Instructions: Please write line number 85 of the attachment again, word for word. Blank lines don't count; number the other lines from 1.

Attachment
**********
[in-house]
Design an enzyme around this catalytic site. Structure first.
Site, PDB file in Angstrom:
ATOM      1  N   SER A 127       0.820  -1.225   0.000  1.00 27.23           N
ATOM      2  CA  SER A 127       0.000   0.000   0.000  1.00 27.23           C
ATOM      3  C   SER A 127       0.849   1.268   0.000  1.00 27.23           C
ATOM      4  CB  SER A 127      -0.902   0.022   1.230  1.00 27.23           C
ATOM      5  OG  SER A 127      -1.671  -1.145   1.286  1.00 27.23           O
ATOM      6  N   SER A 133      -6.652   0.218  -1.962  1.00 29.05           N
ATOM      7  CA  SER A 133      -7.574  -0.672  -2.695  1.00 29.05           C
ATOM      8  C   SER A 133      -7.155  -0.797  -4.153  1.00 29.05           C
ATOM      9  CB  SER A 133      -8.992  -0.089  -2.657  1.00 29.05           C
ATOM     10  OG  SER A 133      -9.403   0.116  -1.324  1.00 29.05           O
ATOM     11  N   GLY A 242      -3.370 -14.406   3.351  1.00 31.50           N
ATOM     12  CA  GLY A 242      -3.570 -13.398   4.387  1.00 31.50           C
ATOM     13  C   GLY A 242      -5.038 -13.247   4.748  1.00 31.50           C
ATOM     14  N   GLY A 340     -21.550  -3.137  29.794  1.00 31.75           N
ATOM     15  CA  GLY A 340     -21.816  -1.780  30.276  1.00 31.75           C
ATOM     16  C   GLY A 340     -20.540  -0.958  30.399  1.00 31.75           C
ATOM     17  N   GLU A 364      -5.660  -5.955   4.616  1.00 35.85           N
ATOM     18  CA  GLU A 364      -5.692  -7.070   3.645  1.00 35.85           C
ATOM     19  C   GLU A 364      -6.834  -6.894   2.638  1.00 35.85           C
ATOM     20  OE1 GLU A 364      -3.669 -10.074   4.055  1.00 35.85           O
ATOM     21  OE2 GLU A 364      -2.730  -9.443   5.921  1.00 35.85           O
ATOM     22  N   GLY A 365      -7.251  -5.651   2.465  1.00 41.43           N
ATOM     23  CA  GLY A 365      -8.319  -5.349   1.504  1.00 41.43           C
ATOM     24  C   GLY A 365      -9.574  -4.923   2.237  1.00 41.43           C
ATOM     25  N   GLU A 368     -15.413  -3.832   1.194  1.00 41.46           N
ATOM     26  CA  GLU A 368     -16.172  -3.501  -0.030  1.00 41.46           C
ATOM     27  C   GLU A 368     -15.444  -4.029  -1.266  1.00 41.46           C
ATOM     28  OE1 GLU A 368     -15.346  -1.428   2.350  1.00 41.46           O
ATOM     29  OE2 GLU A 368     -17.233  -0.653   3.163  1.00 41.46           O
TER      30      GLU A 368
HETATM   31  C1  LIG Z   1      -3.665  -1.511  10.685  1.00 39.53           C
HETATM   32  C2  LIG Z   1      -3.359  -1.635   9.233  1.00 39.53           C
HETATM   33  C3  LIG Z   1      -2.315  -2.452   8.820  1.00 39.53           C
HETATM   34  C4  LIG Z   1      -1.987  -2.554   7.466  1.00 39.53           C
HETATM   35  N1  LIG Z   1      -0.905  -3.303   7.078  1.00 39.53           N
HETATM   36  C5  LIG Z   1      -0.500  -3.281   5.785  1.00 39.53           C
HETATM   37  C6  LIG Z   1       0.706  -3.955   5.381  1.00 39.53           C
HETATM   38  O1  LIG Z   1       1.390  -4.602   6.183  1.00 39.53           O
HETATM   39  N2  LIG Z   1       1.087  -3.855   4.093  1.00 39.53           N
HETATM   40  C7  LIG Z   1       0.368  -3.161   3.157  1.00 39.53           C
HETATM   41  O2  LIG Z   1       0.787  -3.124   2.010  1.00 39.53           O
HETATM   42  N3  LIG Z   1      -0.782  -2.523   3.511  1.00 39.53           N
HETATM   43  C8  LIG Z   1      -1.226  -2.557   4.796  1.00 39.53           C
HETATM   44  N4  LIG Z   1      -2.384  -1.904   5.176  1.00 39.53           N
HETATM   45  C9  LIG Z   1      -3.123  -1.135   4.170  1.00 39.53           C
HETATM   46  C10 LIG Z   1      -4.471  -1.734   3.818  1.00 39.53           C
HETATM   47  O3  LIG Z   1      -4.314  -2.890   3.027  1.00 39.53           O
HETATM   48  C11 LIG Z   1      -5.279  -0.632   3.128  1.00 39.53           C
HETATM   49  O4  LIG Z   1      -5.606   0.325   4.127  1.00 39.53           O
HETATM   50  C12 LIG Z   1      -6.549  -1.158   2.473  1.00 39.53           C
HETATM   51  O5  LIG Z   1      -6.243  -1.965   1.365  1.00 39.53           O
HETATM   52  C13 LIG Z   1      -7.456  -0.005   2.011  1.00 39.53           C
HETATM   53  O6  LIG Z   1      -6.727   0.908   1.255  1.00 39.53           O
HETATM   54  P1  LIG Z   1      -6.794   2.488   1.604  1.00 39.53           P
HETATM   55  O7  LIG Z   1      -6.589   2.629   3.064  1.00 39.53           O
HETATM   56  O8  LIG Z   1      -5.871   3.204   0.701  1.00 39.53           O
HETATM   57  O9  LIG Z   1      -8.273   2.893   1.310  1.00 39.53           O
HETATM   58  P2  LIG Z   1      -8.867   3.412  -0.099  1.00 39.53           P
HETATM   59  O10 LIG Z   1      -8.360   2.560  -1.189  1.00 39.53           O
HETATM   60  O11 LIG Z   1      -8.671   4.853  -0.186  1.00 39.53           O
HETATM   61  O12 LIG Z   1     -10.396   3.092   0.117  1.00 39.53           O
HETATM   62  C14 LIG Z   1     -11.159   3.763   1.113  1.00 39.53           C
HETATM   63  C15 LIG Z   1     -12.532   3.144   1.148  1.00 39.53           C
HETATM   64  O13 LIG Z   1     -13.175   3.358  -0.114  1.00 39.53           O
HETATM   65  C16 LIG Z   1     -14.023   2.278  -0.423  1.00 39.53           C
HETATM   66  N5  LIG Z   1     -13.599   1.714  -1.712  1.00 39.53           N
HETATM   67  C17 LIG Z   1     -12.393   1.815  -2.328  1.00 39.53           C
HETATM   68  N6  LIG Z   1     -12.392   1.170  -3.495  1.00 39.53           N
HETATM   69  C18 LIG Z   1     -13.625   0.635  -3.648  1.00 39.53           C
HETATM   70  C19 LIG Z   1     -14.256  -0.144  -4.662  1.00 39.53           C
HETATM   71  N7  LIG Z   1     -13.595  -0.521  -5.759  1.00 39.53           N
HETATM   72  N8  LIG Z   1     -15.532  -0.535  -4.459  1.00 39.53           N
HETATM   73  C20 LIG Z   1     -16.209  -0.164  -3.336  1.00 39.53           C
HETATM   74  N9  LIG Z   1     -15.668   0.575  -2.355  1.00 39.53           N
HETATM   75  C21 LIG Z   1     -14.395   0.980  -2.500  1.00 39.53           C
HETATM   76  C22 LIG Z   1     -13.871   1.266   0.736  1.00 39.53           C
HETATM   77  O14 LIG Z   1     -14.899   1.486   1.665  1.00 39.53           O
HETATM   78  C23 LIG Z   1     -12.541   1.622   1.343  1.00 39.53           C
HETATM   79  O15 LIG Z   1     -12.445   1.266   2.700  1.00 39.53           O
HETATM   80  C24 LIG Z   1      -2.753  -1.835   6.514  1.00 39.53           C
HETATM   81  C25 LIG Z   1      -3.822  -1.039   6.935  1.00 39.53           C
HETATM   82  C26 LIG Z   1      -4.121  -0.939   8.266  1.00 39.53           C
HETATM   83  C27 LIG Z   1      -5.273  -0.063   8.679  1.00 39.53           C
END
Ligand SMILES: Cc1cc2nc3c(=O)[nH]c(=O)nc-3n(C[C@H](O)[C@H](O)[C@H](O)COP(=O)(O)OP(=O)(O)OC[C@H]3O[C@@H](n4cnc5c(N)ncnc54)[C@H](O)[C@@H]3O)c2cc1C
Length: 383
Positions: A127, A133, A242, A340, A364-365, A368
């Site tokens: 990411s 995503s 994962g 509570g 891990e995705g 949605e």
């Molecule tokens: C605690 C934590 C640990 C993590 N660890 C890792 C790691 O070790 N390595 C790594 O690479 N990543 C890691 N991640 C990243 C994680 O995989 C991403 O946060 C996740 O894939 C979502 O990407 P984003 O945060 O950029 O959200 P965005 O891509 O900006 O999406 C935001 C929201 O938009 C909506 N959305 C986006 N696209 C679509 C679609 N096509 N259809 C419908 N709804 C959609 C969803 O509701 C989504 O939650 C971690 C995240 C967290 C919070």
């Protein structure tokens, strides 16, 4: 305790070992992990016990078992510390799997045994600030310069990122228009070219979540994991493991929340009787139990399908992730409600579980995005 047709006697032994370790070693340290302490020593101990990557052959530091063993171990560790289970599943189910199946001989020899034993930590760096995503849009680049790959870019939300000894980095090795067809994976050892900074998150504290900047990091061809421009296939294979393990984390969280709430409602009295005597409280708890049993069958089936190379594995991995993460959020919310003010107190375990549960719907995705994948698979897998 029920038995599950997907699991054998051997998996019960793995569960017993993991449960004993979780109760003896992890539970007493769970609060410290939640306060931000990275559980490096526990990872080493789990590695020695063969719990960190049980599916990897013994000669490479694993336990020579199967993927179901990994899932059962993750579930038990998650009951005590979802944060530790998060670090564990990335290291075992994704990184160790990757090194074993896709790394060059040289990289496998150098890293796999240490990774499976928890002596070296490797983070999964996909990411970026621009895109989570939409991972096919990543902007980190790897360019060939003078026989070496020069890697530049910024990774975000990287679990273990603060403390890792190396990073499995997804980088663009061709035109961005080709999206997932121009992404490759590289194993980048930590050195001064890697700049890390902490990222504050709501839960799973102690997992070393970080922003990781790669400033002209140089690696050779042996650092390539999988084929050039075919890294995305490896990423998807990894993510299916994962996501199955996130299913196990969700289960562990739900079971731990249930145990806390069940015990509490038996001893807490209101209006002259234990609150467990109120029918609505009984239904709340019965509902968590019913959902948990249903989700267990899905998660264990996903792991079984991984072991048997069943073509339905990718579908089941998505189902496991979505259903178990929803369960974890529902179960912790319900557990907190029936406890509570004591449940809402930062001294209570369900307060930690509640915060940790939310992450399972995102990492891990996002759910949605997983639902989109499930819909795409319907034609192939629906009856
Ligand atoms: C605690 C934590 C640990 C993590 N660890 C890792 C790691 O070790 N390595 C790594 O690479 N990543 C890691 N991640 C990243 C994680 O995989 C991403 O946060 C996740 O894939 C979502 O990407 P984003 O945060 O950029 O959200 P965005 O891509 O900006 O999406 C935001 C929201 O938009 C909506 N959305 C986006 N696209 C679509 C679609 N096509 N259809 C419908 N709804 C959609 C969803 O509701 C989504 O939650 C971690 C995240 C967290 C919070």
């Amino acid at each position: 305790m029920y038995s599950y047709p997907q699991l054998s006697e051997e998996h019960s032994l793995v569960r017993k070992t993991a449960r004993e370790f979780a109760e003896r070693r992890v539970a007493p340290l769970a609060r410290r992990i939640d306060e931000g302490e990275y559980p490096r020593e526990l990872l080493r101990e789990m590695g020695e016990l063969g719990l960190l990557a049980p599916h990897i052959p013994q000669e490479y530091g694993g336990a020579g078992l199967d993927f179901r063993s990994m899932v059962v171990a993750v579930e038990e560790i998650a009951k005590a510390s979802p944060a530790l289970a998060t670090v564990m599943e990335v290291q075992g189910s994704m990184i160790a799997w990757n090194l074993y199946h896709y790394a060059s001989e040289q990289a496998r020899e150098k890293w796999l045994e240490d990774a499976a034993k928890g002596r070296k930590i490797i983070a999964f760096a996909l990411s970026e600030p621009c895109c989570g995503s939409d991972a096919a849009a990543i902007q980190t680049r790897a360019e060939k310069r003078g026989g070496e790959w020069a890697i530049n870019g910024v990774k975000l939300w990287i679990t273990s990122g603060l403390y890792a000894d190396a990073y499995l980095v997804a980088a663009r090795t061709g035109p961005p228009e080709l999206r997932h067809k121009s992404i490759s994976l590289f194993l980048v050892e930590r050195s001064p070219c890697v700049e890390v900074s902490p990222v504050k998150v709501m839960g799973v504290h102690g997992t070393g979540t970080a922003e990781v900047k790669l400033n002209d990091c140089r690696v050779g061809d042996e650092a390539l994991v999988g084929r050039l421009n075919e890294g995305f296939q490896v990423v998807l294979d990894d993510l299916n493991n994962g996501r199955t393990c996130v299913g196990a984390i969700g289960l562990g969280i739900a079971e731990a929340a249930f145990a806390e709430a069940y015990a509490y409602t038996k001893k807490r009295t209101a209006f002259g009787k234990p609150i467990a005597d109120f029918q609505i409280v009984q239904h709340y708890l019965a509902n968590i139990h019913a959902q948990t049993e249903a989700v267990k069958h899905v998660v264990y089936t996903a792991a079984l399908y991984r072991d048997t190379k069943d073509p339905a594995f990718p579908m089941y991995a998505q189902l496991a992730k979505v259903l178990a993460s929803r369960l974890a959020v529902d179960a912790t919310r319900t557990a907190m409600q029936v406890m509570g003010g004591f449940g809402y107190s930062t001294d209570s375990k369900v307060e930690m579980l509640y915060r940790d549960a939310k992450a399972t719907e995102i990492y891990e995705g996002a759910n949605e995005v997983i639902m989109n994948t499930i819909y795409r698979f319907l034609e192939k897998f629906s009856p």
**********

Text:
HETATM   82  C26 LIG Z   1      -4.121  -0.939   8.266  1.00 39.53           C